Friday, August 27, 2010

New Zealand Trip: Auckland - Waitomo - Rotorua

Friday 27th August

After an early night I was up early again for an early start again. I had to be out the front of the hotel for a 7am pick up by Intercity bus lines. That means I rose at 6 AM which is 4 AM Melbourne time. Such an early pick up meant that I missed the hotel breakfast which I had pre paid for. So I ate the banana and yoghurt I had bought the evening before, and then headed downstairs.

After waiting for a few minutes one of the staff at reception approached me and said that the bus company had organised a taxi for me. Soon enough a taxi arrived and I was on the short drive to the Sky City bus terminal. As it turns out I could have walked it quite easily in the time I spent waiting. On arrival the taxi driver insisted I pay, but I told him the bus company said they would pay, so we went to the office and the great staff there arranged payment with the taxi driver.

Before leaving Australia I went online and bought a bus pass from the intercity travel pass website. The idea is you buy the pass, which is valid for a year, and then call the company to arrange the travel closer to when you travel. All in all it is a pretty good deal. The pass I bought was the "Geyser Glow worm Getaway" which entitled me to return coach from Auckland to Rotorua, with either of the legs going via the Waitomo Caves . So the previous night I called and arranged the travel. Travelling down the next day, Friday the 27th via the Waitomo and returning direct to Auckland on Monday the 30th.

The only problem was that the person I spoke to on the phone forgot to book the Waitomo Caves tour which is included in the pass. However the friendly and helpful Intercity Coach ladies soon sorted me out. The bus driver even approached me and offered to take my bag to the coach, and I obliged and went to get some drinks from the cafe before boarding the coach.

Generic New Zealand Scenery on the way from
Auckland to Waitomo. It is just so Green.

Soon enough all 5 of us, yes 5 were aboard and were making our way out of Auckland. I sat in the second row, in the first row were two girls from Houston and on the other side were a French speaking mother and son. The others were all on a one day tour from Auckland to Rotorua and back, I was the only one stopping in Rotorua. The bus driver seemed to have an intimate knowledge of each tree and bush on the Motorway South. Actually like all good tour guides, he seemed to know his stuff and I'm sure we all learnt quite a bit about New Zealand along the way.

After about 2 and a half hours driving we arrived at Waitomo at roughly 10 AM and immediately started the cave tour. For a cave it was pretty well appointed with stairs and low power lighting. The guide, a nice Maori girl explained a bit about the history and formations in the cave, as well as the life and times of the Glow worm. I correctly answered the question about what sort of rock the cave was formed out of, Limestone. No photography is allowed, due to camera flashes having the ability to kill glow worms so I can't show you what it looked like.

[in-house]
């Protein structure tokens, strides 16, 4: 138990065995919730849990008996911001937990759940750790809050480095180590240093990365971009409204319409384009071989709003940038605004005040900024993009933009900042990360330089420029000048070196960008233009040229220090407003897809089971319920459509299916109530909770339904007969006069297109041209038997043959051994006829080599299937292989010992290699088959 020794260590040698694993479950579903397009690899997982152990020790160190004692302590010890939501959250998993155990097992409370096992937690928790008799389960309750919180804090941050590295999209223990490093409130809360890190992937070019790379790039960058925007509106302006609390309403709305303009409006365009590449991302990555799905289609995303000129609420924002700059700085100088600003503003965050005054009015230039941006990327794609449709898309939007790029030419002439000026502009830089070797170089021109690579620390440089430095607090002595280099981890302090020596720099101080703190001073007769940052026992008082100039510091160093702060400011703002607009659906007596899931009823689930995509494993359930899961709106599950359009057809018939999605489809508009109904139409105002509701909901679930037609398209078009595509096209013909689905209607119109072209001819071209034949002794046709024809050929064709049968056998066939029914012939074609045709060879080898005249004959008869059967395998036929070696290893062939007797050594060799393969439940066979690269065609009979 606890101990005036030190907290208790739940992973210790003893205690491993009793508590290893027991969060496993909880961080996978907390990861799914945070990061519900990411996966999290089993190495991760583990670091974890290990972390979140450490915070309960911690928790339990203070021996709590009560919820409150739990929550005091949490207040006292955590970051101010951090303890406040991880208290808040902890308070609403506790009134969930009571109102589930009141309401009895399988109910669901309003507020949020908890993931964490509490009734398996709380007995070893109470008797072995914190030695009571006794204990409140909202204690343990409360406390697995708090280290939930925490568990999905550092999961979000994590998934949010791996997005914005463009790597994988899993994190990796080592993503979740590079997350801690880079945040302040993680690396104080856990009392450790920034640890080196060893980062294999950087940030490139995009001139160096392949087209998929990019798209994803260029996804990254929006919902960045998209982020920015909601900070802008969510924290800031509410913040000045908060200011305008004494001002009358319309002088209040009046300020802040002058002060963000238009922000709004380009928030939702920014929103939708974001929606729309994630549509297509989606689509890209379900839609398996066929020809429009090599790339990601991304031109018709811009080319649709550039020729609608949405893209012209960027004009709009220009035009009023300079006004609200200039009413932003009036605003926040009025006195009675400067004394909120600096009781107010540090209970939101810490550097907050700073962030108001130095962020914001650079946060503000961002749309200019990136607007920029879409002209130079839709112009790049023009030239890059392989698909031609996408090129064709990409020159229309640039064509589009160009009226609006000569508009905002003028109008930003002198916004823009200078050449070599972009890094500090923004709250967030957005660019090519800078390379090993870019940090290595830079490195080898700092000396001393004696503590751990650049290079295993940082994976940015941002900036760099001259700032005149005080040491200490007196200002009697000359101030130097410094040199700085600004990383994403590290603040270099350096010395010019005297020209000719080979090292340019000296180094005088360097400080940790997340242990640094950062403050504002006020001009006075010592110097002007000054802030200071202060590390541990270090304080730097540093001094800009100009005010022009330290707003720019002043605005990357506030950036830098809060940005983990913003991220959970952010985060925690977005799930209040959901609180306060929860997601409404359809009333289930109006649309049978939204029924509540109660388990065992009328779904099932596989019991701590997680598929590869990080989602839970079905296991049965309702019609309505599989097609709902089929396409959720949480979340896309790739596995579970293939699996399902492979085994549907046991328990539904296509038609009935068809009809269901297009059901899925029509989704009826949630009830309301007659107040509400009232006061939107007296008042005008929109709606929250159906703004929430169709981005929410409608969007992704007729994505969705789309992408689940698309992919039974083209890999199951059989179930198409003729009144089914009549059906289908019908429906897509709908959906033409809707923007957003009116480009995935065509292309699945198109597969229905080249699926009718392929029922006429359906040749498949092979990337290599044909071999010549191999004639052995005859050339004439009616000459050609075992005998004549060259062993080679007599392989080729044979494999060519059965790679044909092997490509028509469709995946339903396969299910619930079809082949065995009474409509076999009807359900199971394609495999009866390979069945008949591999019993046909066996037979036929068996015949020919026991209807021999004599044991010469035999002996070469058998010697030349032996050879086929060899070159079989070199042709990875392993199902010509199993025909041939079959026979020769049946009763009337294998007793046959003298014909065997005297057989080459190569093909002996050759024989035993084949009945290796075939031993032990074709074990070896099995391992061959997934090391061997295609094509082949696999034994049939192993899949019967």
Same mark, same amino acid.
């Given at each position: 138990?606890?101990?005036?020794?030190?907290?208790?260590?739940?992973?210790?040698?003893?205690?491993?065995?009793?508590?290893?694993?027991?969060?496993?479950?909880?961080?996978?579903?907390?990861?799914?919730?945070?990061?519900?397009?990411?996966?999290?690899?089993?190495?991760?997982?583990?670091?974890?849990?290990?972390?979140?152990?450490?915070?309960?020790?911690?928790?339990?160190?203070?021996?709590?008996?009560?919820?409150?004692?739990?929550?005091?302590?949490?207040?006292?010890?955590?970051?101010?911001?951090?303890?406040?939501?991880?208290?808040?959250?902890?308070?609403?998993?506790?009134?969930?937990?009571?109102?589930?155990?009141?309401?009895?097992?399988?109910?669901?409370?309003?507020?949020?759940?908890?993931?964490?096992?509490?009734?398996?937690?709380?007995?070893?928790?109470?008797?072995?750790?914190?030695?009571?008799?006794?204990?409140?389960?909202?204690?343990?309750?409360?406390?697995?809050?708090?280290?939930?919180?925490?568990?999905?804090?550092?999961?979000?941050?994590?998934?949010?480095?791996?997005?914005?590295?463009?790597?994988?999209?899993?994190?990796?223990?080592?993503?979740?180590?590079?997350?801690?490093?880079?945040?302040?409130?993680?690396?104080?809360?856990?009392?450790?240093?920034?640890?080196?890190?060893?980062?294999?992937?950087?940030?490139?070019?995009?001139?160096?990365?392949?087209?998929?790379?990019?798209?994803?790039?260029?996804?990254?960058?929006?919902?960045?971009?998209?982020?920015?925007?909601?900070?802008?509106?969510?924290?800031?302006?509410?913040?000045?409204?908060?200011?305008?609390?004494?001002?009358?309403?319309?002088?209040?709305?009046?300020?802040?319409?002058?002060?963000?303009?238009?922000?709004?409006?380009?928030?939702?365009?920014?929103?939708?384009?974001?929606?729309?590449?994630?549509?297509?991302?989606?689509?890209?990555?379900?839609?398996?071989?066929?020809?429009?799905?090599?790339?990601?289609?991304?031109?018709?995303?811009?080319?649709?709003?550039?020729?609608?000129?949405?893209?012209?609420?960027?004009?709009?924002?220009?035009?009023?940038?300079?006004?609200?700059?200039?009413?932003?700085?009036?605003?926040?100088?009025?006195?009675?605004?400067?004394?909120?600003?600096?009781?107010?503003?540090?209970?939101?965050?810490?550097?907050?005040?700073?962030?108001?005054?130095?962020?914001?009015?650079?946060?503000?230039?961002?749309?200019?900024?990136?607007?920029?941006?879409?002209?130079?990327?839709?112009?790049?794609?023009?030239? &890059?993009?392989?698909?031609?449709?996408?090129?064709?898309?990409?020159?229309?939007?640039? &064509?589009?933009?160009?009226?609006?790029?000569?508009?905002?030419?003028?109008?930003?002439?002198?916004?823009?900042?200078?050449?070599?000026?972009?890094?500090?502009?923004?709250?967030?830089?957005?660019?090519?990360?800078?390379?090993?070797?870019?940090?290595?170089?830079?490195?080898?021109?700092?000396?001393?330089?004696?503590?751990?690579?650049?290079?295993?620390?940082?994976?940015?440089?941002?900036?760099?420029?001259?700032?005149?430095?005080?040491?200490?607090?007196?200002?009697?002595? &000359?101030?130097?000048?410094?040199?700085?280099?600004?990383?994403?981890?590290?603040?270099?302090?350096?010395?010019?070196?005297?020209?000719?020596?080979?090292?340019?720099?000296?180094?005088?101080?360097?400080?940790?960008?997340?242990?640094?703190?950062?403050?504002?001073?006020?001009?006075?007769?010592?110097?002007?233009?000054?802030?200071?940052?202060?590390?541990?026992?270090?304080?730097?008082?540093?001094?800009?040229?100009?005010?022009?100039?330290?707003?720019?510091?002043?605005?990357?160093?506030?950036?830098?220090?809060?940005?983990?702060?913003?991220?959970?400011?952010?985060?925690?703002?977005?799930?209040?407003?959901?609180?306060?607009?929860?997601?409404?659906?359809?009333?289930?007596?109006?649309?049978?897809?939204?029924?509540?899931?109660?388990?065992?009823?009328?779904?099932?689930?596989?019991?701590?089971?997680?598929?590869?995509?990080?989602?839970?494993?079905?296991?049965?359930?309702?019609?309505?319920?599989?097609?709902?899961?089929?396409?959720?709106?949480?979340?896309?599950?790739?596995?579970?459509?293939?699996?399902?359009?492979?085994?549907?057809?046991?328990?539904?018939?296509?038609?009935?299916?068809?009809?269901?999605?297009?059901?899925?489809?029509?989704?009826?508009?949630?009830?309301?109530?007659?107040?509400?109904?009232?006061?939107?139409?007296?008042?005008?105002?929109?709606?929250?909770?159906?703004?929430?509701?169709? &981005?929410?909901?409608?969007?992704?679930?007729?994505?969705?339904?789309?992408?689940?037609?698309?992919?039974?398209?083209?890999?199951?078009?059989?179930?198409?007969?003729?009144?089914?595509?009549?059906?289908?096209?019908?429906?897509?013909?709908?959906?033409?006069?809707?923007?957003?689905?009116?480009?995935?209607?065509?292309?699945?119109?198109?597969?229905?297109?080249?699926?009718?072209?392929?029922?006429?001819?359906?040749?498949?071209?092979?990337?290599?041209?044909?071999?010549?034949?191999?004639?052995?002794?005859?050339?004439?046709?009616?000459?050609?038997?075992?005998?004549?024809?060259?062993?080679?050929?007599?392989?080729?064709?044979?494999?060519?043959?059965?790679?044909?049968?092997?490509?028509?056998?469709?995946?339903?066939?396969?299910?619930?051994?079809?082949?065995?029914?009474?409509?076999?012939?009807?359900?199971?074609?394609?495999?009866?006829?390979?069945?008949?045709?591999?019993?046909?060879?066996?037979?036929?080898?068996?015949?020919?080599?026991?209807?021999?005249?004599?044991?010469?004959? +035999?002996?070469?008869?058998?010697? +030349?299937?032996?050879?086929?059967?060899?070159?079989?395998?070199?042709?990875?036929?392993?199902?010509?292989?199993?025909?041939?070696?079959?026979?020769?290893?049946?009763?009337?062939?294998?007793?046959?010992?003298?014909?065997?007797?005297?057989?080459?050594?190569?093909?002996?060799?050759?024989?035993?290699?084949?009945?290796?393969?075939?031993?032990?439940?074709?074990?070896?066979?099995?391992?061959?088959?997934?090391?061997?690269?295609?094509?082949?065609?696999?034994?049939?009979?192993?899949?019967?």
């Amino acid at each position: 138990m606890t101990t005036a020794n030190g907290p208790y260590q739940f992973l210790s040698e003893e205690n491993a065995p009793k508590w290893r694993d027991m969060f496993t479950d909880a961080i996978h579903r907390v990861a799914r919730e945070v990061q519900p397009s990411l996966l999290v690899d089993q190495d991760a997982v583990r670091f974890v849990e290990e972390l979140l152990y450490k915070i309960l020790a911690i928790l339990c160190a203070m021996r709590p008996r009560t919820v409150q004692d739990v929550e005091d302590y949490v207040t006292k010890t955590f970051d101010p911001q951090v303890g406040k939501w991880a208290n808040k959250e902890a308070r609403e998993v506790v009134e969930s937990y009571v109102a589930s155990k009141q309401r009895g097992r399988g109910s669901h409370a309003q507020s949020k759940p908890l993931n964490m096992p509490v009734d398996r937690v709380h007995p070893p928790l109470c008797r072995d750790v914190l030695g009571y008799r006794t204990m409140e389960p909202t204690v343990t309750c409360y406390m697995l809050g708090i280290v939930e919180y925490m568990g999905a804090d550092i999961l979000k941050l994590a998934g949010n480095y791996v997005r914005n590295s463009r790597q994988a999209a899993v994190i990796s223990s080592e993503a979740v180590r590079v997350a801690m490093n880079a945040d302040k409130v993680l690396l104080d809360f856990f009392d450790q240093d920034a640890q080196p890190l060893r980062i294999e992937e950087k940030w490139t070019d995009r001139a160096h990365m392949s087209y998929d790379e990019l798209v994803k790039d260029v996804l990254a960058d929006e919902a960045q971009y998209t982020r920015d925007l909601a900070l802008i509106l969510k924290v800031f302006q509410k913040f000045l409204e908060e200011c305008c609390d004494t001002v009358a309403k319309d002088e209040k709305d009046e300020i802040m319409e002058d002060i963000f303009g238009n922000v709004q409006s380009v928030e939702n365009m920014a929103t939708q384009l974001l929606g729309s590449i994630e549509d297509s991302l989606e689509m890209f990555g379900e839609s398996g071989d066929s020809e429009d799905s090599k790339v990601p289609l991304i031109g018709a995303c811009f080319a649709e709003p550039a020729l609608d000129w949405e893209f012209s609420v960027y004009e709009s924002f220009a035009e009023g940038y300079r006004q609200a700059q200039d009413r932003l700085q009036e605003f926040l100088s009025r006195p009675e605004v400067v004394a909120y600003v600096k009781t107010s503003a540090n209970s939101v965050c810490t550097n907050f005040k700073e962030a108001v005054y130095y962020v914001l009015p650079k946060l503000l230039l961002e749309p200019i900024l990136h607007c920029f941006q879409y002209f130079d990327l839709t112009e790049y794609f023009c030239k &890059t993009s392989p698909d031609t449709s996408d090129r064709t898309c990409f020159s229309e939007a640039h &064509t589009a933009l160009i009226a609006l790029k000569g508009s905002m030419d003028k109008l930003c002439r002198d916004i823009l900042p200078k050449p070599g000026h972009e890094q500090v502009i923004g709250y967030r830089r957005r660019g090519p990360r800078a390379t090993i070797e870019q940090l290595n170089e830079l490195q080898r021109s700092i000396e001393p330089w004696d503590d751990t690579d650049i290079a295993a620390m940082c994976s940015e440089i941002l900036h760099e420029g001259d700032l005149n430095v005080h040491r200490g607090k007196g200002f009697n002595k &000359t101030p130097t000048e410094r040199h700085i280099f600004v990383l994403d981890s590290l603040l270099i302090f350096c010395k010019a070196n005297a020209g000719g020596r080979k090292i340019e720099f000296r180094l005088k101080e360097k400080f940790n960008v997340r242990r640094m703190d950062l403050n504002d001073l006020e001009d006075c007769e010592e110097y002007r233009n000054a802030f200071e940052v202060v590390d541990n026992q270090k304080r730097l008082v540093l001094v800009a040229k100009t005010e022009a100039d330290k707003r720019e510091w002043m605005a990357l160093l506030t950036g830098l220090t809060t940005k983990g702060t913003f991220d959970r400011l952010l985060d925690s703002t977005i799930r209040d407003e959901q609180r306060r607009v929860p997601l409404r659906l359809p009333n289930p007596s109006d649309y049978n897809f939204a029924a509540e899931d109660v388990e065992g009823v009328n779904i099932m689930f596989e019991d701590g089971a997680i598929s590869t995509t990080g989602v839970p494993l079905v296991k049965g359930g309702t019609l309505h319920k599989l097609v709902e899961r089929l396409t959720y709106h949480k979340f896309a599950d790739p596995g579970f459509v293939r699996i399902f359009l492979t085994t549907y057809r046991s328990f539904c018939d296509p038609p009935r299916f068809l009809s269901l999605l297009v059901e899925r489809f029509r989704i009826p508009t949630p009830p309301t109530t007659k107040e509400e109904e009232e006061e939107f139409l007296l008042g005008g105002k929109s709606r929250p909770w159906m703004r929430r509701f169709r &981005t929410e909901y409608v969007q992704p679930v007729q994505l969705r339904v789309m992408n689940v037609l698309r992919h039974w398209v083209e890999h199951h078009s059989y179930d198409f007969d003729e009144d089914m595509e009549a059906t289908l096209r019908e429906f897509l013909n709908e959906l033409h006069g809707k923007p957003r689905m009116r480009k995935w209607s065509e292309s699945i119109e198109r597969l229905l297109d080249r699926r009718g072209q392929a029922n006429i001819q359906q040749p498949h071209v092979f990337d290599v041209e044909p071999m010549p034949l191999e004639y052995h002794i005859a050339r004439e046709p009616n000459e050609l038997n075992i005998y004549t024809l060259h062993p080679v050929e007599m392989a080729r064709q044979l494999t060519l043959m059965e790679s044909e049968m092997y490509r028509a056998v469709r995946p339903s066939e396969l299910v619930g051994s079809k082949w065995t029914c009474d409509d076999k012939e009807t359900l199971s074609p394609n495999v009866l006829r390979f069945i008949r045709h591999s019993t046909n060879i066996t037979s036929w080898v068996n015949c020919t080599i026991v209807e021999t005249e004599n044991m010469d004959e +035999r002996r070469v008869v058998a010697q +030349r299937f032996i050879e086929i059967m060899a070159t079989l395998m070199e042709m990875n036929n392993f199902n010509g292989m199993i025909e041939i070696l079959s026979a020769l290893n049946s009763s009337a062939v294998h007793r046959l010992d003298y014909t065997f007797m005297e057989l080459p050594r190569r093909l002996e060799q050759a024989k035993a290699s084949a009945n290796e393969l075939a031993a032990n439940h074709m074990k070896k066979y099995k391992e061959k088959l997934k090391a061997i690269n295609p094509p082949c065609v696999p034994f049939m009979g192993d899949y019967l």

The Entrance to the Waitomo Caves

The story goes that the old entrance burnt down
a few years ago and this was recently opened.
Quite different, the roof is made of clear plastic.

As the guide explained, glow worms are the larval stage of a fly like insect. The larva cling to the walls and ceiling of the cave and drop a silk thread to catch any insects that happen to fly past (often the adult glow worm) using their glow as a lure. They spend most of their life, up to a couple of years, in this state before turning into the the adult, mating and dying in a matter of days.

After going through a few caverns, we made our way into the part of the cave that had a river running through it and boarded a boat. For this part of the tour we were made to stay silent as we glided along the water under the canopy of stars/glow worms. It was quite surreal. Occasionally we would crash into a rock, and at one point had duck to avoid hitting our heads on some stalactites. Above us I could make out the cables strung up in the cave that the tour guide used to guide the boat. When we emerged from the cave and got out onto the landing the tour guide dissapeared back into the cave with the boat and she was never heard from again.

The boat disappearing back into the cave

The river after it leaves the cave

The scenery at Waitomo, more green...

For the final leg onward to Rotorua, around another hour and half, we picked up an English girl who had come to Waitomo on the bus travelling in the other direction from Rotorua to Auckland. On reaching the outskirts of Rotorua we stopped to let of the day trippers at the "Agrodome", which is an agricultural display centre, where visitors can see things such as shearing, sheep dogs etc. We continued with the driver into town.

Passing through the small town of Cambridge.
Hometo some large animals and other
things made of corrugated iron.

A sheep


As it turns out the English girls was staying at the same backpackers as I was and she gave me a few tips of what to do in town. Kindly the bus driver dropped us off right outside the hostel. One thing I noticed while driving into town were the random steam plumes around the place, the smell while slightly annoying wasn't too bad.

The hostel was called Astray. On the booking website (Hostel World) it seemed to have the best location, right in the middle of town, and a pretty good rating on the website. From the outside it appeared to be an old motel. The biggest downside as I found out the next morning was the construction site next door. Other wise my single room was tiny, barely enough room for the bed, but more than adequate. I was on the top floor and I hared a hallway with 4 other rooms. We all shared two toilets and two showers. The kitchen was also on the top floor which was handy. Wireless internet was available but quite expensive.